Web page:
There’s a small list of illustrators whose name on a book is basically a guarantee of something special. Oliver Jeffers is one. Julie Morstad is another. So is Jen Corace.
Elly MacKay is undoubtedly one as well. Her hand-painted, illuminated paper models are nothing short of magical, breath-taking and inspiring.
From her solo works (If You Hold A Seed, Shadow Chasers and the genius Butterfly Park, all from Running Press) to her cover designs for Penguin’s L.M. Montgomery reissues, to her illustrations for other authors, her work is always beautiful and engaging.
With Maya, MacKay lends her considerable talents to a story by Mahak Jain, about a little girl and the power of stories… In this case, the power of stories to help the titular Maya maintain a sense of connection to her recently deceased father, and to help her deal with the fear that comes from having your world shaken.
On one particularly scary night, Maya’s mother distracts her with the story of a banyan tree. The story allows Maya to escape into her imagination the way so many creatures escape into the tree, and she finds solace in its branches, discovering that the once terrifying animals hidden there are considerably less terrifying than that which she projects upon them: The over-whelming elephants are dancing and joyful; the rustling is simply the sound of the snakes making their way through the leaves; the imposing, growling tiger is just looking for comfort.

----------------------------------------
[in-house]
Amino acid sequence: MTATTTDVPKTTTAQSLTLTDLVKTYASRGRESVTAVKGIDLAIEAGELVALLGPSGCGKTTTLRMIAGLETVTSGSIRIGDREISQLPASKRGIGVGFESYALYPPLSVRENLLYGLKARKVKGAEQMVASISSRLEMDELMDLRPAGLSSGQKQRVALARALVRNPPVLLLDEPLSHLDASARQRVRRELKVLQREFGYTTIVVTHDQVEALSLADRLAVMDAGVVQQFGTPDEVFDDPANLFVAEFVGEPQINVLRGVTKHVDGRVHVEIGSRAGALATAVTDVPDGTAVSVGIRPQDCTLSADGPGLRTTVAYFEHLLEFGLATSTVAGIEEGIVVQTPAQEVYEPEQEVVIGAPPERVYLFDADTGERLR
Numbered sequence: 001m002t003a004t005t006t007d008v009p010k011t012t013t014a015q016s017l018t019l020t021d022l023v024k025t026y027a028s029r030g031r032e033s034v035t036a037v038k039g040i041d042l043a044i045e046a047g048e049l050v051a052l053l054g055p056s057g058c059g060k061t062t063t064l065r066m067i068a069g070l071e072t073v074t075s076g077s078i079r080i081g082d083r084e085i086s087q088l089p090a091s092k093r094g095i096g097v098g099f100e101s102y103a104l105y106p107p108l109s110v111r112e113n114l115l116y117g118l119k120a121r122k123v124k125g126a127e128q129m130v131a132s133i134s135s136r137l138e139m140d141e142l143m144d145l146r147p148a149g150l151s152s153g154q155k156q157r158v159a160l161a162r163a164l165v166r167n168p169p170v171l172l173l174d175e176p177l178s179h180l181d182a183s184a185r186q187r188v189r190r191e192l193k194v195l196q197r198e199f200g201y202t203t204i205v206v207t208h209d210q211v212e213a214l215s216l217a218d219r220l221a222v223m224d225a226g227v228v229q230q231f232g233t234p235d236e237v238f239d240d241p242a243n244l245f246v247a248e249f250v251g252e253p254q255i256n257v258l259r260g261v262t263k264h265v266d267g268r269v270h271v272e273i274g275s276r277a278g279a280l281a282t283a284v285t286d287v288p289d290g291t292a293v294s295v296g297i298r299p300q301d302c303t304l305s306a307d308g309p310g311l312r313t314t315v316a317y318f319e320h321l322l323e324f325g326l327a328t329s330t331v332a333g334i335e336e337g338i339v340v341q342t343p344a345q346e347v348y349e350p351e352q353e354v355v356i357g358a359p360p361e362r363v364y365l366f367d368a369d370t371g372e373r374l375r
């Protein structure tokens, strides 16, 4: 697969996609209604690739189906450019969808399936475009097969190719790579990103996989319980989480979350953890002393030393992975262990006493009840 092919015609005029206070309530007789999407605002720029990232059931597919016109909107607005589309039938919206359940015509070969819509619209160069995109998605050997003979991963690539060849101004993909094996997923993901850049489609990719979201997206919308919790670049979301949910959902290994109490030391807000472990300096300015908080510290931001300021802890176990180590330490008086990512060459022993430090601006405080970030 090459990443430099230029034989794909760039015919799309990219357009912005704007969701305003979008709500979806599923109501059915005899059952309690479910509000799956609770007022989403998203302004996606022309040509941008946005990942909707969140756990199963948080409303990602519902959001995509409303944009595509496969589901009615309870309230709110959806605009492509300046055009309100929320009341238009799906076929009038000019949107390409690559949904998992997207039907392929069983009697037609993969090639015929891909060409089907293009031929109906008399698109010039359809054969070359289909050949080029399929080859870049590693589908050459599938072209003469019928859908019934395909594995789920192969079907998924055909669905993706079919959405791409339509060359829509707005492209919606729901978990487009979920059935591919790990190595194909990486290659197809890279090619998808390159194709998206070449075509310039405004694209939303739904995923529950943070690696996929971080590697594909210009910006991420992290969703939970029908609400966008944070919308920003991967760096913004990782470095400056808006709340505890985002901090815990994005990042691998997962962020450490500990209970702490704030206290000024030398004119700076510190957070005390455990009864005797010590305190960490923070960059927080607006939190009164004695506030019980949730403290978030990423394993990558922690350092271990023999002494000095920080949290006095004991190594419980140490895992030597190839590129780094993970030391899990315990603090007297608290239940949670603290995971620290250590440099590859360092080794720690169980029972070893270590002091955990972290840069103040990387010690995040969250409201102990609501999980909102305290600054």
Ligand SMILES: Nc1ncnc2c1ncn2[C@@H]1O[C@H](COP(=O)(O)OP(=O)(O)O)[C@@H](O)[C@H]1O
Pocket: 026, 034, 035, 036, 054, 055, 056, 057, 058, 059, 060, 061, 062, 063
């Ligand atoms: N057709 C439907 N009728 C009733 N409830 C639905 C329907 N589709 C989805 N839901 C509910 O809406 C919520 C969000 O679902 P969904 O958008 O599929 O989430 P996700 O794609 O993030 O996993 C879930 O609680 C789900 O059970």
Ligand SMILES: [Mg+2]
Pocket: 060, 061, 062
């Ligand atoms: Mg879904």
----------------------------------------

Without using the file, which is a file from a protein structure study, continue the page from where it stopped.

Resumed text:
The tale is beautifully told, though the story-within-the-story could be a bit better delineated for young readers, and it is magnificently paired with MacKay’s images. In fact, MacKay’s use of light may have reached a whole new level here.
Highly, highly recommended, and very -very- close to essential.
Kinderlit.ca received a copy of Maya in exchange for an honest review. Read about our Review Policy HERE.